A colleague and I were talking about the current health-care drama. I said that our side, the Republican or conservative side, needed a go-to man or woman on the subject — an officeholder, I mean, not a policy specialist or adviser or writer. Our side could use a “Mr. Health.” Someone who would champion a conservative view of health policy.
There once was a “Mr. Health” — that was the sobriquet of Paul Rogers, a Democratic congressman from Florida. He served during the ’50s, ’60s, and ’70s. For an obit on this largely forgotten figure, go here.
And who is not a “largely forgotten figure,” besides Leonardo, Beethoven, and Lincoln?
Anyway, maybe Paul Ryan could be our “Mr. Health,” although he is of course versatile. The position is vacant and could use filling, I think.
Maybe Tom Price could do this, the canny Georgia Republican who is also an orthopedic surgeon? (By the way, Price may represent a district in Georgia, but, like Newt Gingrich, he is no Georgian — not a native one, I mean. His speech is pure Michigan. I discovered this when he visited National Review’s offices one day. He is my fellow Michigander.)
In an Impromptus the other week, I mentioned that China, Vietnam, and Saudi Arabia had been elected to the U.N. Human Rights Council. Because that’s how the council rolls: the fewer democracies, the better. I now want you to know that Cuba, too, is on the council — the Castro brothers have not been left out.
Because what, or who, says “human rights” like Fidel and Raúl Castro? (I’m sure that a good portion of the American professoriate would agree.)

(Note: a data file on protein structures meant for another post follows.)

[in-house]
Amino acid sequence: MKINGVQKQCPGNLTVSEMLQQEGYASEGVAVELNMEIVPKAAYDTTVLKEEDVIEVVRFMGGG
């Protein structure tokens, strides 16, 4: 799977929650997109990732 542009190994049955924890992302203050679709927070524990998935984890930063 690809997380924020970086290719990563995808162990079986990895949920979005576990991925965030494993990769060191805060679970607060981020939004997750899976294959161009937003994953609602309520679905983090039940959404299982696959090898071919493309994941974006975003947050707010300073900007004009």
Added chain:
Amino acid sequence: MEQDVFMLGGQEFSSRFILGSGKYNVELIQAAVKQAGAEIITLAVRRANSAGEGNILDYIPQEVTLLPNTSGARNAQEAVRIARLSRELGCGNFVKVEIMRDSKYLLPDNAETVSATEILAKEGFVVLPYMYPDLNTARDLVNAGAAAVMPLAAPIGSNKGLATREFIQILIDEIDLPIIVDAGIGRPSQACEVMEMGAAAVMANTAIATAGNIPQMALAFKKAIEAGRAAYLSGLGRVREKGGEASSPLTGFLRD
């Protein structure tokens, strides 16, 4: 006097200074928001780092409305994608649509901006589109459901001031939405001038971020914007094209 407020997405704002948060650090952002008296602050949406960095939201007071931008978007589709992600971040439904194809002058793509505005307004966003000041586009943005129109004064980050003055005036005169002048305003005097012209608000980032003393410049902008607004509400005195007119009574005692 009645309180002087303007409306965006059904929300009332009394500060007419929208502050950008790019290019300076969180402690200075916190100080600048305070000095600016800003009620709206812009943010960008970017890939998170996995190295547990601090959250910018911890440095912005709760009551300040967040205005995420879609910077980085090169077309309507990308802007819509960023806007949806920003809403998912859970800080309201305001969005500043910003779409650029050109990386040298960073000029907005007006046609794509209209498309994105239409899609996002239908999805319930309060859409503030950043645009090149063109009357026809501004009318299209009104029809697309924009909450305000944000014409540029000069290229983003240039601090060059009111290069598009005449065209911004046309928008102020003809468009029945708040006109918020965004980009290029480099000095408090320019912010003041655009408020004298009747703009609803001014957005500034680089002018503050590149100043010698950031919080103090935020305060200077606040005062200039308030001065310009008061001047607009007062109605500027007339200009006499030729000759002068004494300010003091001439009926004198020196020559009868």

Before the Obama administration gave the Iranians the deal they craved, Ali Khamenei, the chief ayatollah, gave a classically temperate speech. He said that “the Zionist regime” was “the rabid dog of the region,” etc., etc. And he had particularly harsh words for the French.
The French, at that point, were cautioning the Americans not to sign a foolish deal with Tehran. So the ayatollah said the French were “not only succumbing to the United States but kneeling before the Israeli regime.”
“Kneeling before the Israeli regime”! I thought, “Sounds like some of my critics” — people who e-mail me from the left, the Buchananite right, and the Ron Paul camp. The language these types use is pretty much identical.
Maybe Khamenei will show up in my inbox?
I was interested in an e-mail that came in the other day — not from one of the above-cited camps. The e-mail reminded me of a news story I’d read a couple of months before.
Our reader says,
I once had a discussion with someone who had a Ph.D. in biology. The topic was global warming and alternative energy. I spelled out all the reasons alternative energy was not worth it. In some respects, it is counterproductive.
When I finished, he didn’t refute my points, instead saying, “But don’t you think it’s a good idea anyway?” By “it,” he meant the global-warming agenda, including alternative energy. He added, “It’s just the right thing to do.”
So, this reminded me of a news story, here: “EU policy on climate change is right even if science was wrong, says commissioner.” I will not bother to quote from this article, or the commissioner (the EU’s climate-change czarina), but, if you have a few minutes, it’s an interesting story.
In the obituary section of the New York Times was the story of Joaquín Hernández Galicia, a union leader in Mexico. I’d like to point out just two things:
He died in Tampico, a city on the “east coast,” the Gulf of Mexico. Reagan, as you may know, was born in Tampico, Illinois. I imagine the Illinoisians got the name from the Mexicans. I never knew that.
Second, I enjoyed what the old brute, Hernández, said about the rank and file, and how they had changed: “My oil workers were corrupt, drunken, and courageous. Today the oil workers are corrupt, drunken, and absolutely servile.”